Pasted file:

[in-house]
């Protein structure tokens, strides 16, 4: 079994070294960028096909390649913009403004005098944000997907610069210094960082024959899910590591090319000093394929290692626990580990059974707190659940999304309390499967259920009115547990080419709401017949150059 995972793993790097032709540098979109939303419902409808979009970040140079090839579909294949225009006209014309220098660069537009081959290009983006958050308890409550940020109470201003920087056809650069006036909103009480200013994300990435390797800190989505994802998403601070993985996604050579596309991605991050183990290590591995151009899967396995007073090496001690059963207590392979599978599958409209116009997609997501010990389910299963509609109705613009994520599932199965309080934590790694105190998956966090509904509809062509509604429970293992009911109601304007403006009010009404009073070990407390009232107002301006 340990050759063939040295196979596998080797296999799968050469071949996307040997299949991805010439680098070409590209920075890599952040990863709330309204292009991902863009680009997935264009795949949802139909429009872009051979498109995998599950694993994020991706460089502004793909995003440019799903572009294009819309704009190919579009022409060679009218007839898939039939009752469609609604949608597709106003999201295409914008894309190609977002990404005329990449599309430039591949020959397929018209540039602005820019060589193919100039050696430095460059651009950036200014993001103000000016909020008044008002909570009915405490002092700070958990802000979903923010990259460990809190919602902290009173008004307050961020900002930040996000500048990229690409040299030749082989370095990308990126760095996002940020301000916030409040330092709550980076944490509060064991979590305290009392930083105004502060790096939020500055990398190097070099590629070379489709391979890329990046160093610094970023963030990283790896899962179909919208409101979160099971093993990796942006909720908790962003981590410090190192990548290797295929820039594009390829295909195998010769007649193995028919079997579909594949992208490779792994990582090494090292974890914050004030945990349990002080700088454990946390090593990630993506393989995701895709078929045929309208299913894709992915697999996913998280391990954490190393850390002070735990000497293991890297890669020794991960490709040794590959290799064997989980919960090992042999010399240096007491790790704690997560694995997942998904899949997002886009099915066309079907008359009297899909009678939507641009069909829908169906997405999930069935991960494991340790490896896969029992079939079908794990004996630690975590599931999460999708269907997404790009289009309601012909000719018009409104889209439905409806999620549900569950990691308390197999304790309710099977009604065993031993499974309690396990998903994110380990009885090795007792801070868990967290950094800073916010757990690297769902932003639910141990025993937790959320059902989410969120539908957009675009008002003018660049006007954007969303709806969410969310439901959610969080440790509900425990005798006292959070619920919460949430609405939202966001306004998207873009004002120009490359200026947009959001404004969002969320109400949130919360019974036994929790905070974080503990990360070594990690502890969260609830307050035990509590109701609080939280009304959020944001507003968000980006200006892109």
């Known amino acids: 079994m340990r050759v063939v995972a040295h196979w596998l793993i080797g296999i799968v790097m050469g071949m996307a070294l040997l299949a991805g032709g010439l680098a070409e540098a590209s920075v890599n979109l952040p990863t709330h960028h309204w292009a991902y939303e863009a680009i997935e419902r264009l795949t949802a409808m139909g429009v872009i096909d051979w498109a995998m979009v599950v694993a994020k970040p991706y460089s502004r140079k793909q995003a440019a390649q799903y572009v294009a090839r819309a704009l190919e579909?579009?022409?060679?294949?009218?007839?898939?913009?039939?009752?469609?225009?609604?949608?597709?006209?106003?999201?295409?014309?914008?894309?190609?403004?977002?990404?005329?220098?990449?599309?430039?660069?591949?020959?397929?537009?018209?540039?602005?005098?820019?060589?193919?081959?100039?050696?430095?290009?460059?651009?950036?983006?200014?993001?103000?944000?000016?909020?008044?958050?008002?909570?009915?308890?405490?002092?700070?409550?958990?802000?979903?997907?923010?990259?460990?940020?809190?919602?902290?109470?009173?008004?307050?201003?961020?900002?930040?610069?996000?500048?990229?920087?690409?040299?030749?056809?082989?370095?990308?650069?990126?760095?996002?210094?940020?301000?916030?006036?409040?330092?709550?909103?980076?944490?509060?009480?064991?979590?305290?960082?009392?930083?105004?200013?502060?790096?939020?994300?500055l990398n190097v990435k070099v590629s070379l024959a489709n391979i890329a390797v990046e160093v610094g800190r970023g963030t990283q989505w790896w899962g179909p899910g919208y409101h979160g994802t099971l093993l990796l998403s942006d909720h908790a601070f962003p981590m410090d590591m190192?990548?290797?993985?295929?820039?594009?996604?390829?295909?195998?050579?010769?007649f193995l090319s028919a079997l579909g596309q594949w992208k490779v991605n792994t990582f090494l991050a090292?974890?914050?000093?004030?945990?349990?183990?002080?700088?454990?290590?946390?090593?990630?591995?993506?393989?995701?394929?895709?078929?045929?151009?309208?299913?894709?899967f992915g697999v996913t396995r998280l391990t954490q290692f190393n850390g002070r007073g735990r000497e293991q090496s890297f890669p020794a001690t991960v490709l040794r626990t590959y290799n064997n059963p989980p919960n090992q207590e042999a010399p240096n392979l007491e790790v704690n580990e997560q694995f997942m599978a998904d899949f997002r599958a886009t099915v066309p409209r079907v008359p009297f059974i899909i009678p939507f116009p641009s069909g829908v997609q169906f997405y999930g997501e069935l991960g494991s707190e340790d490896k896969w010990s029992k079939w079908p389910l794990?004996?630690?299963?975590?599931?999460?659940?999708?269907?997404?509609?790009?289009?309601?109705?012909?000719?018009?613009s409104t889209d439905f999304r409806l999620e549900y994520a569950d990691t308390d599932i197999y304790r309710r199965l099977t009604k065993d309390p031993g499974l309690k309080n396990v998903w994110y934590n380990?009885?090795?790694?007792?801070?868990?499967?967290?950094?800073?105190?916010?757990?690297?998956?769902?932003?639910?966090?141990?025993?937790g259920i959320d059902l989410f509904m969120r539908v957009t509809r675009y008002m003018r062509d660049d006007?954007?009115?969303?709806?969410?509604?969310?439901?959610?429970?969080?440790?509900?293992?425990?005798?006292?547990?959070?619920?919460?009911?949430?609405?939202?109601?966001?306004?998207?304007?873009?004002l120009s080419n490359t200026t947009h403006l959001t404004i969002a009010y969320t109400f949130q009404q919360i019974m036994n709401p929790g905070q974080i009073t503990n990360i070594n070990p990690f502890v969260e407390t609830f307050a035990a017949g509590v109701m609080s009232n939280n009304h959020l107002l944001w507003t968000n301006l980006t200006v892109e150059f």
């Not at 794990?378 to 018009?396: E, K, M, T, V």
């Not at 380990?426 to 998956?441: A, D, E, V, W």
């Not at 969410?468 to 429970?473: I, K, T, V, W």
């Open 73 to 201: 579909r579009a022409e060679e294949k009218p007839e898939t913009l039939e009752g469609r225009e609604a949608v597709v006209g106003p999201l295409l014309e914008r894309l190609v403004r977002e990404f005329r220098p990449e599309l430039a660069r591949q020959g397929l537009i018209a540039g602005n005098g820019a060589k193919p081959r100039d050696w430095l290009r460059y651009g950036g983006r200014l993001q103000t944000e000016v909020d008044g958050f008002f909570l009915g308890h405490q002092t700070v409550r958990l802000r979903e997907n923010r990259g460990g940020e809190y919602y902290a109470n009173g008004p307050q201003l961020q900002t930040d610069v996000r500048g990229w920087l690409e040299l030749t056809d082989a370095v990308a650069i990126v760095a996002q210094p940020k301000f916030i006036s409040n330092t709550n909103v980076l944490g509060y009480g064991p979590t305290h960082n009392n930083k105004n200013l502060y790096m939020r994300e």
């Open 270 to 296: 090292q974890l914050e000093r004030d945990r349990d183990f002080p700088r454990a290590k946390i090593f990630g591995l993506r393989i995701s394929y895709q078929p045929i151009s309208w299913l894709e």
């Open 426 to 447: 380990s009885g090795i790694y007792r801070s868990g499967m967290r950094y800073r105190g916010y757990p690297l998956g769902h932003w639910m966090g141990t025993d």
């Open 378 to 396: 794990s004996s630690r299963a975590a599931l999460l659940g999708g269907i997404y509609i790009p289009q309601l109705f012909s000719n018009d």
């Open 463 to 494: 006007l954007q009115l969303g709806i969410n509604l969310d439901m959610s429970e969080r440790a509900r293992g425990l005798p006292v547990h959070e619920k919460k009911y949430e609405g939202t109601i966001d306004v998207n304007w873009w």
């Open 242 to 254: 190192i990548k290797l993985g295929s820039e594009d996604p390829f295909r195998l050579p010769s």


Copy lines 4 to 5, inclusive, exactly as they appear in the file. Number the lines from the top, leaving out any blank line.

């Not at 794990?378 to 018009?396: E, K, M, T, V």
């Not at 380990?426 to 998956?441: A, D, E, V, W």